I can’t imagine there’s a lot you need to know about me – having your own colossal set of real life YOU and all life’s interesting accoutrements to accompany you. I’m writing this because sometimes I like to know something about the folks whose writing I read. It may help or interest you to know something about me. It may not.
First, thanks to my friend, Reg McClelland, for graciously allowing me to use his beautiful pictures. If Vanorvis Images is on the image, the credit goes to him.
I hope I’m not sappy, but am aware that I may come off that way as I like (what I consider to be) good things: happy endings, stories and notions of truth and beauty and love winning the day. And though I don’t like it, have to accept that having a blog points to at least some level of self-absorption, though I really hope to write something meaningful to you and helpful to you and not just me-ish, for me. (‘Cause what else would be the point?)
Some interesting stops for me have been: an appendectomy in the Andes Mountains, mosh pits, rehab, homelessness, singing in everything from classical choirs to punk rock bands, majoring in philosophy, and battling debilitating bouts with agoraphobia and anxiety. I’ve raised and preserved my own food, kept bees, and boiled sap for maple syrup. I’ve lived in a tent while raking wild blueberries in Maine and planting trees in Mississippi. I’ve witnessed miracles happen to street kids in St. Petersburg and pregnant mothers in Haiti. I’m crazy about words and books and the good power and potential of both. I also like being outside, comfortable clothes, and coffee. Preferably all at the same time. Though I don’t necessarily or always give in to it, I do tend towards excess; chemical, emotional, and otherwise. I’m the mother of 5 glorious people who I stay at home with and (hopefully) teach, am wife to Saint Gregory, think Tolkien and Lewis (among others) were geniuses, feel a little akin to a monastic way of life – even though I’m not Catholic – and am particularly drawn, it seems, to hyphens, prepositions, parentheses, and commas, probably in hopes that my overuse of punctuation will make up for whatever gaps there will inevitably be in word communication. All the while knowing, of course, that this is unreasonable but hoping you’ll “get me” all the same. I believe we are connected – or can be – (Maybe semicolons and colons too. I’m also a little [a lot?] scattered.) whether in reference to each other, the earth we inhabit, or the God who made it, this collective shared life is all of ours. Worthy of our best, worthy of the best meaning attaching we may place on it. Worthy of a fleshing out of that meaning attaching (not just words for words’ sake.). And though the world maybe wouldn’t need us, we might as well add our best to the whole scenario so long as we’re here (while finding out what our best is, of course). These are important distinctions to make, vital decisions for people who tend toward discontent, escapism, depression, and a sense of foreboding, of which I am (sadly but not doomed to be) one.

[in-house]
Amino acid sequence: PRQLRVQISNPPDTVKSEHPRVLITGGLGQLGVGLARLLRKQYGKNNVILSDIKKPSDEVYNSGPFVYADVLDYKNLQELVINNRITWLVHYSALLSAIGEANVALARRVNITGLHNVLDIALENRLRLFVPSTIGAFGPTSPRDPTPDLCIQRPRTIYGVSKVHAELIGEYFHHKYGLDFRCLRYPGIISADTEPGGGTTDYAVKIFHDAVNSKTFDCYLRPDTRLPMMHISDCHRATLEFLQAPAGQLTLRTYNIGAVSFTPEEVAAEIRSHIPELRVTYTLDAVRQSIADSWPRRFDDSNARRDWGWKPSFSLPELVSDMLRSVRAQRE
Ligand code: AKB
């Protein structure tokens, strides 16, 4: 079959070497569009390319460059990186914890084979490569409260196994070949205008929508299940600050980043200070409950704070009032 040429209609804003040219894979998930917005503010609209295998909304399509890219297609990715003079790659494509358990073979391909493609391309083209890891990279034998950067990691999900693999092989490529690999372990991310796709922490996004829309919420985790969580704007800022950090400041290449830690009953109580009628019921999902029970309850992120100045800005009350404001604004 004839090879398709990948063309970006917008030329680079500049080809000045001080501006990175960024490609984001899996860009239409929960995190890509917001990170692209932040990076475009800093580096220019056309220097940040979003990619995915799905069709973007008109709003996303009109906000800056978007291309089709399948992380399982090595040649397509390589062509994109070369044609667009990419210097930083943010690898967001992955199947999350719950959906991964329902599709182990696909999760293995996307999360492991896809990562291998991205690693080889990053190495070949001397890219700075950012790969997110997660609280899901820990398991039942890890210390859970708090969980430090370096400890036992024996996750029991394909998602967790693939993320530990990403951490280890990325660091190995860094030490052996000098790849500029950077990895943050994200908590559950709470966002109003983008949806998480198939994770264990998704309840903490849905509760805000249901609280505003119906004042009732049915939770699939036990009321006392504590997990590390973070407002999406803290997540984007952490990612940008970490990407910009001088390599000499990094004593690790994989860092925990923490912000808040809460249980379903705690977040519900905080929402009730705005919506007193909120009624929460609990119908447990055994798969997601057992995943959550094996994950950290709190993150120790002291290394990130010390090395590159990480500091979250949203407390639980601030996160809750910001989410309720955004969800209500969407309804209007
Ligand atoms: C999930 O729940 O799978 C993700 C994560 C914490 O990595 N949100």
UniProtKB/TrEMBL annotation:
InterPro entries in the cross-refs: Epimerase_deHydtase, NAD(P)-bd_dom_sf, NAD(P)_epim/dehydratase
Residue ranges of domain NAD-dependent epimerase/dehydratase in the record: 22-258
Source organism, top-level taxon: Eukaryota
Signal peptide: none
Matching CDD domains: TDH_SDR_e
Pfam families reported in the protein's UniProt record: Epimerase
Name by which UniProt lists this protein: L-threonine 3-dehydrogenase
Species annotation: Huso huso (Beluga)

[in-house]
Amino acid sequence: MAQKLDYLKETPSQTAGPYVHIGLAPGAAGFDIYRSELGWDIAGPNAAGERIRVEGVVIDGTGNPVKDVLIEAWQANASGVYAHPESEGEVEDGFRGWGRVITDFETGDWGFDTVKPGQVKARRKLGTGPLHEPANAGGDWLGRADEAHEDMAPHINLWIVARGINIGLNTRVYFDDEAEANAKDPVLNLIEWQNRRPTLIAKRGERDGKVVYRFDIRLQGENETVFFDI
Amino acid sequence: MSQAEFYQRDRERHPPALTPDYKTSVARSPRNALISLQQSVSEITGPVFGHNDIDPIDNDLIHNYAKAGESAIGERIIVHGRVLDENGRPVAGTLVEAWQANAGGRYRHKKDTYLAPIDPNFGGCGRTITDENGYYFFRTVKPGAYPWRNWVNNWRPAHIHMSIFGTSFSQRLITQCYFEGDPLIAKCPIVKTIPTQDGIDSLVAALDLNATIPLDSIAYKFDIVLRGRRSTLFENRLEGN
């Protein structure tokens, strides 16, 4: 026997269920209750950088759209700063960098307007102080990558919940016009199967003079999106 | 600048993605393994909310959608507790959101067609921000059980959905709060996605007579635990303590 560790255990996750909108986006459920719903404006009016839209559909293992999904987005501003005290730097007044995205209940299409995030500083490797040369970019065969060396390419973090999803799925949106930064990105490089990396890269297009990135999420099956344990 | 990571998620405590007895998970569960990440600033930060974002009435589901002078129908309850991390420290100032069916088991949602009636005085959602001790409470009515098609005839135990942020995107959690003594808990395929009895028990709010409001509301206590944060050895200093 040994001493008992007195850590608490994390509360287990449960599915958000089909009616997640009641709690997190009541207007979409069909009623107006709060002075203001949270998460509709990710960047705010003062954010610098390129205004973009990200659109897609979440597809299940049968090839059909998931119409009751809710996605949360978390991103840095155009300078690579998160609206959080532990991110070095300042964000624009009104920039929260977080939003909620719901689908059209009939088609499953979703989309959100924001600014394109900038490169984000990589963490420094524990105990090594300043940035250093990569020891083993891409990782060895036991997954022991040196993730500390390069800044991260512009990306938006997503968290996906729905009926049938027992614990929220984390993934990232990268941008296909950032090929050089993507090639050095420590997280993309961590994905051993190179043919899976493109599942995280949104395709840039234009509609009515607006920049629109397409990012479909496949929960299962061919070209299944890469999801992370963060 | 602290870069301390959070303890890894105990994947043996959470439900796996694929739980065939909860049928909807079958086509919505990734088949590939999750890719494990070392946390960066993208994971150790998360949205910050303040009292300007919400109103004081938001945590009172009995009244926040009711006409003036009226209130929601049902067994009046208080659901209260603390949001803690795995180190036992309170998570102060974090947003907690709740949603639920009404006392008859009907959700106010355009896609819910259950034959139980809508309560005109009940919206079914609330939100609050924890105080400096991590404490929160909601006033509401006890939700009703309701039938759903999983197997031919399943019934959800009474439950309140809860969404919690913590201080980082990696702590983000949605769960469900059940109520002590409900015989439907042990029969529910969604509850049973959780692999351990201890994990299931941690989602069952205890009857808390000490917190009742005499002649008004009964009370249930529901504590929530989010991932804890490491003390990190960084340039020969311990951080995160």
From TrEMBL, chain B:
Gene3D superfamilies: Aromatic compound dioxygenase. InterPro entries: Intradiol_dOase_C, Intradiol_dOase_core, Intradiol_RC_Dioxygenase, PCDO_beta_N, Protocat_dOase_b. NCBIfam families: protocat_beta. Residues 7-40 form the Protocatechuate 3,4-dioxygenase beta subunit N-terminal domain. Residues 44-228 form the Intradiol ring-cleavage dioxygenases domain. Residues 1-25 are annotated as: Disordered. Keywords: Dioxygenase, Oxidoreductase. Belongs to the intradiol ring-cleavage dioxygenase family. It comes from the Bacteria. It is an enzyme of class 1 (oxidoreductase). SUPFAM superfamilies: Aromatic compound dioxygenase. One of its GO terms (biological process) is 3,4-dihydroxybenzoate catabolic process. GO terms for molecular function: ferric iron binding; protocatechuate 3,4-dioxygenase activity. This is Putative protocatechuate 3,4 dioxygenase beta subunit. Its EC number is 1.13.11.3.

It needs to also and most importantly be mentioned that I believe that if there is any crumb of anything even remotely edifying or encouraging or relatable here, it’s because Jesus is good and that He has been gracious in sharing His goodness. I blunder along, too often self-absorbed, always wretched. But He remains Him. Good. And He shows up, quite in spite of me, to stay good – and true and lovely and praiseworthy and of good report – anyway. I don’t know why He does, but I love Him for it. And I hope you will too ’cause such a scandalous, impossible, pined-for-our-whole-lives transformative love is real and worth celebrating, worth sharing. I know. I’ve been without it. At any rate, I hope it shines through and that you’ll leave here better than you when you came. Thanks for visiting.